It’s a universal fact that our eyesight is dependent on our health and age. Several types of research on aging and vision have been done to understand how and why the ability of a human to visualize deteriorates with aging. Baby Boomers and Generation X are at high risk of unavoidably worsening their vision with age.
As the population of people over age 60 increases, the eye disorders, diseases, and vision impairments associated with aging increases too. A substantial segment of the US is facing this health challenge when compared to previous decades. Therefore, there exists a pressing need to analyze and recognize several age-related vision impairments and the mechanisms underlying these impairments.
Two of the most worse yet common age-related eye conditions are glaucoma and macular degeneration. These disorders pose some severe threats to vision, jeopardizing the living and making it difficult for the patient to read. According to a survey by the National Association for Eye and Vision Research, blindness is among the public’s top health fears.
Moreover, an extensive survey also concluded that 41 million Americans of age 40 or more are dealing with cases of low vision, age-related eye diseases, and blindness. This number is predicted to grow to 64 million by 2032.
The process of visualizing through our eyes is completed with four structures. The chronological order of these structures is Cornea-Eye Lens-Retina-Optic Nerve. Any problem with any of these four structures is mostly responsible for the deterioration in our vision.
Cornea forms the visual perception of an object with light rays it’s quite essential for acquiring a clear image. The quality of vision gets affected if the transparent surface of the cornea thins out and is not smooth anymore. A thin layer of tear protects the corneal surface, but this layer dries out with progressive aging. However, there are certain conditions such as blepharitis which can damage the surface of the cornea.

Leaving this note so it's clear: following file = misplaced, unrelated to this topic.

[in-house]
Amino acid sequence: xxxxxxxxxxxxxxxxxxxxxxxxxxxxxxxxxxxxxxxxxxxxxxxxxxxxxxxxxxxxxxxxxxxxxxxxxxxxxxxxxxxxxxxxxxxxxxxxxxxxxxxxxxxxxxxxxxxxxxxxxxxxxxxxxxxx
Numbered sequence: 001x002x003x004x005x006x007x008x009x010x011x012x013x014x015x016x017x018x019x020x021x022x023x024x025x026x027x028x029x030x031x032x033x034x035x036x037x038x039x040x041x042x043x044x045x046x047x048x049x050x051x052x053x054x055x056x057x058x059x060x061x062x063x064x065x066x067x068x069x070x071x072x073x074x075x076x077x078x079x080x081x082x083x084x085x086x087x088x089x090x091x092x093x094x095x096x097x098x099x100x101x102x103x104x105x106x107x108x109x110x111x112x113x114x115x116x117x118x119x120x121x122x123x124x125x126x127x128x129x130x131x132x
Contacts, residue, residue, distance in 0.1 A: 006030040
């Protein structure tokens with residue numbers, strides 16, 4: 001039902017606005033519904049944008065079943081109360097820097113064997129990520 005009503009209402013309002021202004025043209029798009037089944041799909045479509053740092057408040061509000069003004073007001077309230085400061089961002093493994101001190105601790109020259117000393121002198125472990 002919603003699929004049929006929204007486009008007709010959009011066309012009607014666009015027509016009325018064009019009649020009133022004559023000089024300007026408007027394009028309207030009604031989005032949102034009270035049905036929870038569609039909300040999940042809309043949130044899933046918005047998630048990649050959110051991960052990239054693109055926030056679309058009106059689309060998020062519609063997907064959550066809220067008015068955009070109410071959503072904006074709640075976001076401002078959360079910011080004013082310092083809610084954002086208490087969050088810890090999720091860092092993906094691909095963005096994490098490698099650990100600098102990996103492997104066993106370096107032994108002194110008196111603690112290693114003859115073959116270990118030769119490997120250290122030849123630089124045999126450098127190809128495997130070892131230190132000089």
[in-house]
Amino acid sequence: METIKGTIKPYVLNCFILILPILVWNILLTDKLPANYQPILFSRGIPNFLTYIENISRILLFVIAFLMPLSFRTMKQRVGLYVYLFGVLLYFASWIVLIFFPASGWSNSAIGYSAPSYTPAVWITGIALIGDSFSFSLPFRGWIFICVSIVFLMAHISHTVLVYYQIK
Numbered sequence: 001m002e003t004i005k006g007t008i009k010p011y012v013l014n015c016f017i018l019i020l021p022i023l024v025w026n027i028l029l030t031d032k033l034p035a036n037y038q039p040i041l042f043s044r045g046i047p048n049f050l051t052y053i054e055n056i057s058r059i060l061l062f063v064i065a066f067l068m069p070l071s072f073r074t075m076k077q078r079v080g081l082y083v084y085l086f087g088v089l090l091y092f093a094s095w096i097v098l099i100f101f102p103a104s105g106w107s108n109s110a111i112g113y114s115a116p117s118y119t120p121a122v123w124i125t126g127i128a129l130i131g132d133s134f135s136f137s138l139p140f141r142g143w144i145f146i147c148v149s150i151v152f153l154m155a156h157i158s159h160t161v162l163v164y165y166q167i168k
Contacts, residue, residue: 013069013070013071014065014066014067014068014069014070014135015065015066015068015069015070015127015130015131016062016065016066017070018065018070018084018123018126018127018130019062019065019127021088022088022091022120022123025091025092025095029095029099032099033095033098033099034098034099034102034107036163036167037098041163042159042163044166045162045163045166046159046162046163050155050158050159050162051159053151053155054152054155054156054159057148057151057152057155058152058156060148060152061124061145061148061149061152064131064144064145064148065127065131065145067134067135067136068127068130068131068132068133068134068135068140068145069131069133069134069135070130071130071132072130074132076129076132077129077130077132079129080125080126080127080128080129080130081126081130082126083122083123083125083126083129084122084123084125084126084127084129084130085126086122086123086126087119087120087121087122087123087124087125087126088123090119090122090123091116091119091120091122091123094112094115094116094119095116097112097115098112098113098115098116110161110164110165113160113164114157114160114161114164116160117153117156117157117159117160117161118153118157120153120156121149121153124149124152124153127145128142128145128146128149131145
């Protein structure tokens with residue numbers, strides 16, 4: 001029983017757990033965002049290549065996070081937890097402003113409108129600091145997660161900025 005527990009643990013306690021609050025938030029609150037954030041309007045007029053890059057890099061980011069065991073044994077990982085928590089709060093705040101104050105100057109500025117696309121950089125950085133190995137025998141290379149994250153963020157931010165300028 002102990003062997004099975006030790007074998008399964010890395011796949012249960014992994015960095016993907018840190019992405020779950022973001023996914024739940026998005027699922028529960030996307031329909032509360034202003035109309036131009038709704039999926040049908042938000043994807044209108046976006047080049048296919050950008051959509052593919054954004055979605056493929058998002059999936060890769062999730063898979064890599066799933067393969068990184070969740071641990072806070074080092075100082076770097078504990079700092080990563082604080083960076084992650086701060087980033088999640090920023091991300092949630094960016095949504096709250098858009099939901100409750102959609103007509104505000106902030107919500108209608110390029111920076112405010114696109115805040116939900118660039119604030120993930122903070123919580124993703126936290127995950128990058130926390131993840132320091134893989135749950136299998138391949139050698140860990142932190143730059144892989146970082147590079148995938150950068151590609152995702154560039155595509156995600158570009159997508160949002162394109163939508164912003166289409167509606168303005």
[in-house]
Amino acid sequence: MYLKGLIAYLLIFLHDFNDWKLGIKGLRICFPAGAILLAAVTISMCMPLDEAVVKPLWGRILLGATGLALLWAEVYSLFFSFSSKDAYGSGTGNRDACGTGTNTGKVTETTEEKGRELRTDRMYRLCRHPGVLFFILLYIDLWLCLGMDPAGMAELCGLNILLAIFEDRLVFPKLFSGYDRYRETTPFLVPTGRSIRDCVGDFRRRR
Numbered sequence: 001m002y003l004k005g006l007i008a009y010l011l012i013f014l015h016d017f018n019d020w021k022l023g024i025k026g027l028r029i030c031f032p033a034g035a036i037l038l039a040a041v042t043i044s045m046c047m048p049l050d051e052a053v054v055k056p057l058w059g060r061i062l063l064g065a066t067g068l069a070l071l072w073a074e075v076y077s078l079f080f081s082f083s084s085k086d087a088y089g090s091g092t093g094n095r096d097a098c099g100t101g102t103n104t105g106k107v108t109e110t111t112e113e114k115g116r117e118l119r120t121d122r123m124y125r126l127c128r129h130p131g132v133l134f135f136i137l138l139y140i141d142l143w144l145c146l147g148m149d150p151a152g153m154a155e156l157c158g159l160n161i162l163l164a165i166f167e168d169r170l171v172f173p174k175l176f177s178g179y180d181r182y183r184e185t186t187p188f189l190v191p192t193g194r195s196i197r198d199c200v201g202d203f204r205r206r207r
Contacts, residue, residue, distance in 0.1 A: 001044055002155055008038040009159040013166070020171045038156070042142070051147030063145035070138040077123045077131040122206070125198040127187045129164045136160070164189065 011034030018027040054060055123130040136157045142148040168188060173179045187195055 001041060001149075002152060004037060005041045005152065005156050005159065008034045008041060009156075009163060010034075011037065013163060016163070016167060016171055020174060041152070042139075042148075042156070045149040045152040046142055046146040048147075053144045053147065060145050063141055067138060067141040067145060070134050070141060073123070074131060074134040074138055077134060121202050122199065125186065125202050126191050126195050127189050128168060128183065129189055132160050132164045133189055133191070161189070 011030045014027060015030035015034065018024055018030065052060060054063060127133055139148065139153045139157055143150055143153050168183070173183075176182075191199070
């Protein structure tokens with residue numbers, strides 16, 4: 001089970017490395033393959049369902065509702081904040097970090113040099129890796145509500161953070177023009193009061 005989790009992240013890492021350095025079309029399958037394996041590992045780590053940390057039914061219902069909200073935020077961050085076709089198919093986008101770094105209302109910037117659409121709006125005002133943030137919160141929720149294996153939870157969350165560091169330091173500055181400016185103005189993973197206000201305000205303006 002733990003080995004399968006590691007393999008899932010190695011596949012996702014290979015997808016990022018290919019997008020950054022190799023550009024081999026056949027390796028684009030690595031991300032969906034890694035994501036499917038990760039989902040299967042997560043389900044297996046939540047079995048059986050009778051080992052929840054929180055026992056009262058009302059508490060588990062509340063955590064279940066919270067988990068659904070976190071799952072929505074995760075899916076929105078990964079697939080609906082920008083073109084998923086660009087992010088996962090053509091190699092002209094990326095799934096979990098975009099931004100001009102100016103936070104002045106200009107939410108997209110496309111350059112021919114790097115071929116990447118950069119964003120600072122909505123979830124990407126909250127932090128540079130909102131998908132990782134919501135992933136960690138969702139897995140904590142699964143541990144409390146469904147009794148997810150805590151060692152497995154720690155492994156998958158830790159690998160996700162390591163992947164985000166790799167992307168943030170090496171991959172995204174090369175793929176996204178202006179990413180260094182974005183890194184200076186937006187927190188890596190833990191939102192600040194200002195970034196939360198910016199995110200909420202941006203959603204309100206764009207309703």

The human eye lens is also subject to the aging process, the conditions such as presbyopia and cataracts are examples of some lens related disorders that develop with progressive age. When we are born, our lenses are pliable, which means they can change their shape to focus on images that are either very close or far. Unfortunately, with aging eye lens begins to get cloudy and becomes less pliable. Such conditions lead to diminished vision and lose its ability to focus on images.
A deterioration or tandem in the retina or the optic nerve can lead to severe conditions, even blinding. The retina in our eyes is a very complex tissue that converts the light image entering the eye into a neural signal. These signals are then transmitted to the brain by the optic nerve (to be precise, by ganglion cells). Several studies have explained that in the absence of disease, there is nearly no significant deterioration noticed in the optic nerve and retina. But, common diseases such as glaucoma and macular degeneration may affect the retina and optic nerves adversely. However, early detection of these diseases can help in preventing and minimizing the extent of vision loss.